I know you will enjoy the book.
The thing I look for in a LOST Treasure/Mine Story is what did the person that this happened to do after they lost it? If they kept looking for it for many years, then I put a bit more credence in the story. I have read some in which the finder simply went on to find the next one. REALLY? You find a ledge of exceedingly rich gold ore, then you lose it (but you know the general area it was located in), and then just move on? NO WAY!
Best - Mike
I finished the book today - loved it. There were plenty of good desert gold stories collected from, in many cases, people who were there when the events happened - people who were looking for the gold. Besides the 'lost ledges', there were many other great stories about the early days in the Colorado Desert and the characters who made it happen. I spent part of the winter of '85 camping in that country - I wish I'd known about some of these stories then. I remember at the time that 'anything could be in those hills'. Tough country.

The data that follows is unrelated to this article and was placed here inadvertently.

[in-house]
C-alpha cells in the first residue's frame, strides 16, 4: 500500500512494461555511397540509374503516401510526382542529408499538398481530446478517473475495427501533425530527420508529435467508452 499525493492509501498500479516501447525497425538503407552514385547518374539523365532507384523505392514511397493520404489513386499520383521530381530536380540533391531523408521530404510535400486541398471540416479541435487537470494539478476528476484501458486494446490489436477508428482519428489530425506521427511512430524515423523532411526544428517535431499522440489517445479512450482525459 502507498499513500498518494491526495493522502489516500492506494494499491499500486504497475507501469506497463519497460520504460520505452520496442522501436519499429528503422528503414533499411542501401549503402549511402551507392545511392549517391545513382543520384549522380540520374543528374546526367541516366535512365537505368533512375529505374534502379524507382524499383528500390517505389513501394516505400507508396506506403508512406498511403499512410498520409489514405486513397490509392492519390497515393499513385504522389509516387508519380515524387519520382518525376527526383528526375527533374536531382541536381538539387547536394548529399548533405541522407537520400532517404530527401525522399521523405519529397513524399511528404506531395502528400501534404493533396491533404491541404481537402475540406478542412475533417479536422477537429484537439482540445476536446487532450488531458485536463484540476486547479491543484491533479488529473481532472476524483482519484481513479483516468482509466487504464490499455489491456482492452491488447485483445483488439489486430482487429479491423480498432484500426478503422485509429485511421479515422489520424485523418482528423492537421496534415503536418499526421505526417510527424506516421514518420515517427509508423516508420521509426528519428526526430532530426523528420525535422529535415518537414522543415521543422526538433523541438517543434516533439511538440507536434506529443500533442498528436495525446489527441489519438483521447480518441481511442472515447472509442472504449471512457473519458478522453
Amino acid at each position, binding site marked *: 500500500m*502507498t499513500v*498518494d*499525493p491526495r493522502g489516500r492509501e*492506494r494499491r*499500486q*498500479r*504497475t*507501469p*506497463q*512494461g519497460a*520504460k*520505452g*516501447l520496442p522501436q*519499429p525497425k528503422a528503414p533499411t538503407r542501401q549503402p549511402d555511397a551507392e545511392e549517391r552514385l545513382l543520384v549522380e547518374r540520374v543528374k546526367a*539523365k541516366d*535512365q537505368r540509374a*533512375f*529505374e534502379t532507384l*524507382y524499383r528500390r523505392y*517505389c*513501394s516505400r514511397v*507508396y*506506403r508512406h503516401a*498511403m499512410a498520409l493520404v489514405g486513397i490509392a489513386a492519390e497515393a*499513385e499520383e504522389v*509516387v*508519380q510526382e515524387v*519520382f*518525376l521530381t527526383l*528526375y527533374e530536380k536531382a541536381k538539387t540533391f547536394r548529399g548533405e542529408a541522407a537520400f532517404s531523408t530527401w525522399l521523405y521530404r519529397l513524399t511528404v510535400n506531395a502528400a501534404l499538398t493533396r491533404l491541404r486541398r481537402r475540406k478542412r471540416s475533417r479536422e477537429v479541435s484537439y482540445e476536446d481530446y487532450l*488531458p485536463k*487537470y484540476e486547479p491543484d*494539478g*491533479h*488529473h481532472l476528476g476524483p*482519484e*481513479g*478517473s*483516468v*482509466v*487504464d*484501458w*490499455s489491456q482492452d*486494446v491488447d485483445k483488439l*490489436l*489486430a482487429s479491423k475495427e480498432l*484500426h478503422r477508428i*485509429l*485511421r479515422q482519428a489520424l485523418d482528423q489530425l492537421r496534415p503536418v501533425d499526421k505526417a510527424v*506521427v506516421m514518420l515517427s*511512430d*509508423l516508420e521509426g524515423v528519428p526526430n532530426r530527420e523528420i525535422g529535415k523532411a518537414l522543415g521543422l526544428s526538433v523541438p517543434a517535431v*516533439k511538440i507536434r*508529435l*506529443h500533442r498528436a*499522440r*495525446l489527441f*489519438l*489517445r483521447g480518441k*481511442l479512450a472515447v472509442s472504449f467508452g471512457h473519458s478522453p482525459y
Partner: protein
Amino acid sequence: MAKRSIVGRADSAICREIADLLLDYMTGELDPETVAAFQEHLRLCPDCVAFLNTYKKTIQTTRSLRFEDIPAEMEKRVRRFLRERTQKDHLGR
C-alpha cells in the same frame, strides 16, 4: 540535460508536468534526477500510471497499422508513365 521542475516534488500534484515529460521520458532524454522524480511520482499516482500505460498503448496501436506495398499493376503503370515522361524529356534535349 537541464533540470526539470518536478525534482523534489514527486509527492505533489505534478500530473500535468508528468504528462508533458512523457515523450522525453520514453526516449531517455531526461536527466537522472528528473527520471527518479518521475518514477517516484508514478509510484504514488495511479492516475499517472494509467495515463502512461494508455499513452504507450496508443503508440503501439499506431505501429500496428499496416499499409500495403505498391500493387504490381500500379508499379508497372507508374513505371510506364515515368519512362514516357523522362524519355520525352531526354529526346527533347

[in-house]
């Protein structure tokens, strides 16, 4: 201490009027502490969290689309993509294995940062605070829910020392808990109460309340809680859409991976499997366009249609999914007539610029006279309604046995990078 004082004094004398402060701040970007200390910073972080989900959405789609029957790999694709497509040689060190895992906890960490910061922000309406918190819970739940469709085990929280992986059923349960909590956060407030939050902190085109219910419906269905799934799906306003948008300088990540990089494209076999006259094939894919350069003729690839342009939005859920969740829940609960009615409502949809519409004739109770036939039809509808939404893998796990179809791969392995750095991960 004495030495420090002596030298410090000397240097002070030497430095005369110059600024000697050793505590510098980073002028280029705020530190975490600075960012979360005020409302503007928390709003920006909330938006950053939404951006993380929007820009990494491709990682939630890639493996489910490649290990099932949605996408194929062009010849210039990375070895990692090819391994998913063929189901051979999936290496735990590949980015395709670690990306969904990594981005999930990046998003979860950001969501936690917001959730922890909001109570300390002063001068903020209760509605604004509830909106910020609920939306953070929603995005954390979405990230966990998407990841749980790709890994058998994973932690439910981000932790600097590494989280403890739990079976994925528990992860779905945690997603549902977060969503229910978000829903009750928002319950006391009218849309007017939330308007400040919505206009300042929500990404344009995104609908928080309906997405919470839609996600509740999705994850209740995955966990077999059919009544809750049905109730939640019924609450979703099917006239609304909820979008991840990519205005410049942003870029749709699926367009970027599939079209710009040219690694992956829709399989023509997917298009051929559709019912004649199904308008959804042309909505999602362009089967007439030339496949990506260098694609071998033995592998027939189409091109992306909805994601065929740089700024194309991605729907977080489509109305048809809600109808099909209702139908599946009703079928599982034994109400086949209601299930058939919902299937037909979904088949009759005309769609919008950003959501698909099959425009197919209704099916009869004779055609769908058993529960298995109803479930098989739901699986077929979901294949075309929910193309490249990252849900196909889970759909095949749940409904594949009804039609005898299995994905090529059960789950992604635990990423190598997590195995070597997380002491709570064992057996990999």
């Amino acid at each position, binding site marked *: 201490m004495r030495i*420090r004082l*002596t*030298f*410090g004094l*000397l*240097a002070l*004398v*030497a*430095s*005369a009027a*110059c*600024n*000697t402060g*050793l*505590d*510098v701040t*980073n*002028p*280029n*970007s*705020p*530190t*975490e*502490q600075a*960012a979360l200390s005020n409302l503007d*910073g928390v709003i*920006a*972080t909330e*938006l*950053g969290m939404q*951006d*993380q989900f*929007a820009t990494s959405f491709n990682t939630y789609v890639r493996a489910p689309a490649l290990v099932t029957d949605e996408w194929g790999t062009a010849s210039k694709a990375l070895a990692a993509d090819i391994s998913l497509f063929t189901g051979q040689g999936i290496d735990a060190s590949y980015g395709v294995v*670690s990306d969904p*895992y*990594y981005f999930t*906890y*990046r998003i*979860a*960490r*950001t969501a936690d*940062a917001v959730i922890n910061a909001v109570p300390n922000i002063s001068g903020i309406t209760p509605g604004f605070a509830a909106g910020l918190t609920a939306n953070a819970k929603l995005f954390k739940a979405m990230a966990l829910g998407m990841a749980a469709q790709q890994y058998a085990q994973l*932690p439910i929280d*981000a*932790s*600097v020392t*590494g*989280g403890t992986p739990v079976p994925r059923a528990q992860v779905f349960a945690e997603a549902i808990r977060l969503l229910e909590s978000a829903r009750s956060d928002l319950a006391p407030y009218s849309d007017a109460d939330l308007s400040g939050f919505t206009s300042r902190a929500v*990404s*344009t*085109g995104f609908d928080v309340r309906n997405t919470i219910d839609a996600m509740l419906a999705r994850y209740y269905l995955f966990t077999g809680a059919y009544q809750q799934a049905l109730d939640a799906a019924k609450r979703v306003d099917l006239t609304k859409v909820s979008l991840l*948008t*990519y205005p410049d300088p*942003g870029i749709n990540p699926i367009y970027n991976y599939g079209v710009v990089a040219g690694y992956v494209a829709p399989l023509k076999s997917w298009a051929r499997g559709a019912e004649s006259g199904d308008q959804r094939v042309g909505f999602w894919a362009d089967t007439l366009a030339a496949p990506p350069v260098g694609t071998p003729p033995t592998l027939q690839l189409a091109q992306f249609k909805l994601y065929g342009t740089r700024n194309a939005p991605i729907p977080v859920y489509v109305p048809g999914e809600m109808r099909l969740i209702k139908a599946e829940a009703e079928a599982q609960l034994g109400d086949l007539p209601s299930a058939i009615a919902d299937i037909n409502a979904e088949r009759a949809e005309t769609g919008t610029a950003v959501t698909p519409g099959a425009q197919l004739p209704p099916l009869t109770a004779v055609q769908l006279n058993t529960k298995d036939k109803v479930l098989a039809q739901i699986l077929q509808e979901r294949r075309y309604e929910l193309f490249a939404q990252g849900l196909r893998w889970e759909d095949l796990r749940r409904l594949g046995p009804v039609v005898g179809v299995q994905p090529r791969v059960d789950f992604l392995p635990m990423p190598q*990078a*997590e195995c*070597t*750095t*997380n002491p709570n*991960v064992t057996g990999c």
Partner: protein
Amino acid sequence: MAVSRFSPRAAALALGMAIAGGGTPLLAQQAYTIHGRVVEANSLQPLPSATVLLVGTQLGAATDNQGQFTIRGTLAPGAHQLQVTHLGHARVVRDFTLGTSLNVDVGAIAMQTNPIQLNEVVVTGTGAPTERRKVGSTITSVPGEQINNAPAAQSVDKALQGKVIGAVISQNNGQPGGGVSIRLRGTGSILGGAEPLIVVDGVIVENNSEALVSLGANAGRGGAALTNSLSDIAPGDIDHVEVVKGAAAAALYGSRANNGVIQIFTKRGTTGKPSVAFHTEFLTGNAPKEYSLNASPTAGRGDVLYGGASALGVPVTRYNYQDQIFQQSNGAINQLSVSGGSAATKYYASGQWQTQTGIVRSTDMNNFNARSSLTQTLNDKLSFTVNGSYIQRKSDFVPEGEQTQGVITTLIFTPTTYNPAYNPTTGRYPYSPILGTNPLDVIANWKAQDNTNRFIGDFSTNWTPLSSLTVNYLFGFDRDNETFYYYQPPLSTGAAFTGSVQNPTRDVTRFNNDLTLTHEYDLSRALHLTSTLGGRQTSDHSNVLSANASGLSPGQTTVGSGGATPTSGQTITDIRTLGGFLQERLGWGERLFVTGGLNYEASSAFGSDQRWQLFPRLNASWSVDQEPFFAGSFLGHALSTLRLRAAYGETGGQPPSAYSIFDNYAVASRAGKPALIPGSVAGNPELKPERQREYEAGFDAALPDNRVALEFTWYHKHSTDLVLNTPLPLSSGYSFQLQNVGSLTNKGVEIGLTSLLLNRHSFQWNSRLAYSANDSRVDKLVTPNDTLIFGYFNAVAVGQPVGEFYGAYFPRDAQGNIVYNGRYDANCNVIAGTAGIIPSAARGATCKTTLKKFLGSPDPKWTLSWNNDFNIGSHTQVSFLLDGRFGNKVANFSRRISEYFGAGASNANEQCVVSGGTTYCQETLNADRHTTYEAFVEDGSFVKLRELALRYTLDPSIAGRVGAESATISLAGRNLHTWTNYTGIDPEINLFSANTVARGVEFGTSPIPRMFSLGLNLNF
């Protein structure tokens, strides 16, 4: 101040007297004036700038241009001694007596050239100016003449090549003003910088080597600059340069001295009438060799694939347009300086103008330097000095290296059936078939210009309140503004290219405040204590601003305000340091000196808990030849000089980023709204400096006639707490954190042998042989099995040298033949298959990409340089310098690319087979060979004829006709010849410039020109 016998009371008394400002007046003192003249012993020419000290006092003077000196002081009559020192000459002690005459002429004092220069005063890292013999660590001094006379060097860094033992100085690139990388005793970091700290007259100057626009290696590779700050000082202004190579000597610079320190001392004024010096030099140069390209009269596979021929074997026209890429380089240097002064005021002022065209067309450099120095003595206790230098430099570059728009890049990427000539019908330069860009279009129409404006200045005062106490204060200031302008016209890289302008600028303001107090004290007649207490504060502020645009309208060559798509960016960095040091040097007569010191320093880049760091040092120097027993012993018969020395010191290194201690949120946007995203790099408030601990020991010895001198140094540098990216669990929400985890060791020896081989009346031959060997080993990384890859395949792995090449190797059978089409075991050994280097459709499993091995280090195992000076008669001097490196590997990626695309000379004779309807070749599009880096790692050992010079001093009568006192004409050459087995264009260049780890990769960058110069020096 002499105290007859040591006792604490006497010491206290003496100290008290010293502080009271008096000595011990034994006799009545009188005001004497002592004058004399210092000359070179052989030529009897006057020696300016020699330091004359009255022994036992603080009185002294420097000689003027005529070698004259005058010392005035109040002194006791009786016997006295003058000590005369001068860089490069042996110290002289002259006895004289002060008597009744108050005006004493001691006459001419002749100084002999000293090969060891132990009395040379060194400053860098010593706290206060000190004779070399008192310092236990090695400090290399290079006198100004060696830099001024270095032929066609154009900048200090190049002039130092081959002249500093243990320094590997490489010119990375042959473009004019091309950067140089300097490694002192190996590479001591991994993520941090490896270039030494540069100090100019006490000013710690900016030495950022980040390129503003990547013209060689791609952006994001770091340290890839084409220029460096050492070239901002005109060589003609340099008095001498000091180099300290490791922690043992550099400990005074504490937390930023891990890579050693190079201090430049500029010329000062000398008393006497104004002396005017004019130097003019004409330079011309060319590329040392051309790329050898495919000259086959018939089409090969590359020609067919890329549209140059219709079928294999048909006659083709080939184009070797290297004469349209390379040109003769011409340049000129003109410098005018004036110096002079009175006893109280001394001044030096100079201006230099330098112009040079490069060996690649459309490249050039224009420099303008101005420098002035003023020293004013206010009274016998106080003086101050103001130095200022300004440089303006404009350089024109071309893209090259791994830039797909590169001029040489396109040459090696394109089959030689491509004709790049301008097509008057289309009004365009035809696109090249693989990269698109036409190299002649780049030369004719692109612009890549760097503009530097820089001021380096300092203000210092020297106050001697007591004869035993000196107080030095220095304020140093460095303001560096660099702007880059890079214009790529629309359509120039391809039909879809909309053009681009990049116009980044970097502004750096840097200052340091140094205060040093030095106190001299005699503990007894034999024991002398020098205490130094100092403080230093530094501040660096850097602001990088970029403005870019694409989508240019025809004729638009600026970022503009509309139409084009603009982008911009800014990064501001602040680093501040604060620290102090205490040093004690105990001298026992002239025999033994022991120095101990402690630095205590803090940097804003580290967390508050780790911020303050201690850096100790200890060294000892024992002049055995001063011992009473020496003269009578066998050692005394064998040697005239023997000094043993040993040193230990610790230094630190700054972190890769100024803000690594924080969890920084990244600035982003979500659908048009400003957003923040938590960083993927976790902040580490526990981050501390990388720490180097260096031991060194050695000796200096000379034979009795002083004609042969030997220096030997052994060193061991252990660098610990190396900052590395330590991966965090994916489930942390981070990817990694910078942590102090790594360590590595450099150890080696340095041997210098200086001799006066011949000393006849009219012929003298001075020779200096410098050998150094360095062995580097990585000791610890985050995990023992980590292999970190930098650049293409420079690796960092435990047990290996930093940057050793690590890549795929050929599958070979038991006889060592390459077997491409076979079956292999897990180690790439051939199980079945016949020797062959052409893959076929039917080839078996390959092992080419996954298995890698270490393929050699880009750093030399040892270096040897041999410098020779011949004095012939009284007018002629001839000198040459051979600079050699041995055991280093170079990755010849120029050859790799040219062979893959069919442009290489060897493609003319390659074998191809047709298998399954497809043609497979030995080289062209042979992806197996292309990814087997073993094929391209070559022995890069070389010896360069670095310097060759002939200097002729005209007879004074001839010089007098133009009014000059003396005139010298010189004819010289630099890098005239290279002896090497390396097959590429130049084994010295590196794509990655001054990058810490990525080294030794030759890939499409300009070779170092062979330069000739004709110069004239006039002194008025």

Of course, a major focus of the book is the Lost Pegleg Mine, and this book ought to be considered the bible on the subject. I learned a lot of facts about the subject that were presented in a very convincing way. I'm now a believer that Smith found black gold - in fact, it seems likely there could be more out there beside his discovery.
Bailey is a great writer - too bad he didn't write more - that I'm aware of anyway. I rank him in the same league with Dobie and McKenna.